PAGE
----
Cadillac’s Identity Crisis: When Branding Won’t Die
by Melanie Warner
No one can dispute the power of the Cadillac brand. Its identity is so strong that it lingers in our cultural consciousness — and that’s precisely the problem.
First, Cadillac couldn’t shake the decades-old association with drivers “between the age of 80 and deceased,” as former Chrysler CEO Lee Iacocca said. Then a half a dozen years ago, the brand acquired new status among the hip-hop crowd, which enthroned the $60,000 Cadillac Escalade as the ride of choice.
It’s not that General Motors hasn’t been trying to change Cadillac’s image and broaden the cars’ appeal. The embattled company spent $81 million in the first half of 2009 on advertising, much of that going to an ad campaign featuring the sleek and sophisticated-looking CTS sport wagon. In a bid for younger audiences, Grey’s Anatomy star Kate Walsh sits behind the wheel and asks, “When you turn your car on, does it return the favor?”
Even so, marketing experts say the slick campaign hasn’t given the Cadillac brand the center of gravity it needs. GM acknowledged as much recently when it dumped Modernista, the ad agency behind the campaign, from the Cadillac account and embarked on a search for a new firm. GM will hear pitches from three agency candidates in January.
Meanwhile, 2009 sales through October are down 44 percent from the prior year. Rival luxury brands such as Lexus, BMW, and Mercedes saw their sales drop as well, but not nearly as much as Caddy’s. Lexus, the worst of the group, was off 34 percent.
So what’s the problem? Caddy’s current cars get great reviews, but they’re not moving off the lots. With that in mind, BNET asked four marketing experts what GM should do to make Cadillac the “Cadillac of cars.”
Steal a Page from Apple’s Marketing Playbook
David Murphy, co-president, director of brand innovation at Barrie D’Rozario Murphy
Relative to the other luxury automotive brands, Cadillac lacks that solid foundation that explains what it is. If you buy a BMW, people might guess it’s because you like precise performance. If you bought a Lexus, it’s because you like high value on top of perfect quality. For Mercedes, it’s engineering. A Honda or Toyota is dependability. The luxury brands in particular need to know what they stand for. I think Cadillac should stand for technology.
Cars are riddled with technology, but you’d be hard pressed to identify a brand that’s become the Apple of this category. Doing this requires a mind shift. Instead of boasting about brawn or horsepower, it’s about brain power. Cadillac needs to position its brand as being smart and having technology that actually helps you. It’s taking something that others have and rallying your flag around it — things like lane departure control and blind zone alert. But it’s not about whiz-bang gizmos for the sake of whiz-bang gizmos. It’s about using technology to create an image of being forward-looking, smart, and efficient.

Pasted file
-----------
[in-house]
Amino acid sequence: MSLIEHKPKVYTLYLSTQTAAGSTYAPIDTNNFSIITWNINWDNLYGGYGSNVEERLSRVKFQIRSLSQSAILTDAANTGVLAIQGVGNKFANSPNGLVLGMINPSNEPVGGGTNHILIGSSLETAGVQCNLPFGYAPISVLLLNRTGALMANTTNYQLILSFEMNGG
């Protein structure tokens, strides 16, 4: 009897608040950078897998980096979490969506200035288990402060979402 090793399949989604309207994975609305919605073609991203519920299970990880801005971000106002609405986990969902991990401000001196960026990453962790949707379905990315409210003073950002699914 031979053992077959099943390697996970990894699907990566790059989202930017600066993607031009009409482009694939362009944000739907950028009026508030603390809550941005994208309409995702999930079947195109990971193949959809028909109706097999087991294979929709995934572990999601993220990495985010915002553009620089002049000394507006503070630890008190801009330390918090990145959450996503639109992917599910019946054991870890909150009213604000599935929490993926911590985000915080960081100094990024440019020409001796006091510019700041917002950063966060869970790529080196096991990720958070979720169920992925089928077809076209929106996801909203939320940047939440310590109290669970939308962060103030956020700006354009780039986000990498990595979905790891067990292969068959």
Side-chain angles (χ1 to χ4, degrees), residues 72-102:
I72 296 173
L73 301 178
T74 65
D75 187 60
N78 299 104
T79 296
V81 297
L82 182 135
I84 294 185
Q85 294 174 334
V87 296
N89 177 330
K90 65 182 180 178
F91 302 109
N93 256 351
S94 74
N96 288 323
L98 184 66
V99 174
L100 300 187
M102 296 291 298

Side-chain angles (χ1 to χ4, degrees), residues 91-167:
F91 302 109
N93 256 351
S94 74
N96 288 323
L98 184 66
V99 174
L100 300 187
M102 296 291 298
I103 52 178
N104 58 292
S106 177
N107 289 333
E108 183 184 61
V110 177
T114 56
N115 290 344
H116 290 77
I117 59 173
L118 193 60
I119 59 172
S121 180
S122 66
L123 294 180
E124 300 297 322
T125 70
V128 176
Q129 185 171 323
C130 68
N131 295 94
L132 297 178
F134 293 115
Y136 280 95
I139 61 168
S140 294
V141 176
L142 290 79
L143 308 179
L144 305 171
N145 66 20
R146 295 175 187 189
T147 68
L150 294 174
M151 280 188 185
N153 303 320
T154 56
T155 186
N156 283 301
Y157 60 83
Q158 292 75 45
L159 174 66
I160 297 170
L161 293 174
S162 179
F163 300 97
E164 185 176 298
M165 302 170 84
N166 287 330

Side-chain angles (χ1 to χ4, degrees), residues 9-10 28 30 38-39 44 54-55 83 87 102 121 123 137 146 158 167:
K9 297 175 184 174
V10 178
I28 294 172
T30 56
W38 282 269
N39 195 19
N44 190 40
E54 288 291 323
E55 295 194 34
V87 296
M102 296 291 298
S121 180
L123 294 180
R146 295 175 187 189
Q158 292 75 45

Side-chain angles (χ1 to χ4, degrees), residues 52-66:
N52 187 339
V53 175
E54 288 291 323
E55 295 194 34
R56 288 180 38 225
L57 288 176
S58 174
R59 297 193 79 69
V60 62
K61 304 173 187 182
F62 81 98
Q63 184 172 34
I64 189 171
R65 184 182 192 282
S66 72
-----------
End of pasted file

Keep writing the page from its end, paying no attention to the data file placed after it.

I would exploit the fact that a designer is now running the brand. We live in a very design-savvy age. Bryan Nesbitt is a fresh face, and GM should use him extensively in PR and maybe even advertising. I think he could pull it off.
— David Murphy, co-president, director of brand innovation at Barrie D’Rozario Murphy
Go After Prime-Time Women
Marti Barletta, marketing to women expert, CEO of The TrendSight Group
Since women buy 54 percent of all cars, that’s the audience Cadillac should be going after: prime-time women in their 50s and 60s who have a lot of money and are still driving themselves to work, usually senior vice presidents of companies. They’re past driving little kids around in the back. They’re sick of driving stupid minivans and SUVs. They want some fun. Cadillac started doing some of that fun-to-drive messaging in their ads with Kate Walsh from Grey’s Anatomy. I think that’s smart, but GM could and should be doing much more to target these prime-time women.
The way to reach them is not on blogs and social media and twittering. Some 90 percent of the tweets on Twitter come from 10 percent of the people and most of those people are 20-35. A lot of marketers think buying dual audience TV shows where a lot of women are watching along with men is close enough. It’s not close enough. The best way to reach older women is through women-specific media, like More magazine.
— Marti Barletta, marketing to women expert, CEO of The TrendSight Group
Make the Customer, Not the Car, the Star
Julie Roehm, marketing consultant, Backslash Meta; former senior VP of marketing communications at Wal-Mart
We used to say “the car is the star.” Well, that time has passed. The customers are the stars, and it’s the car that helps them express themselves, their values, their needs, and their desire to look good. The consumers that you want to be your brand disciples need to be shocked, surprised, and delighted into changing their minds. When they do, they’ll talk in person, online, via mobile, and more, and spread the word for you like a Twitter wildfire.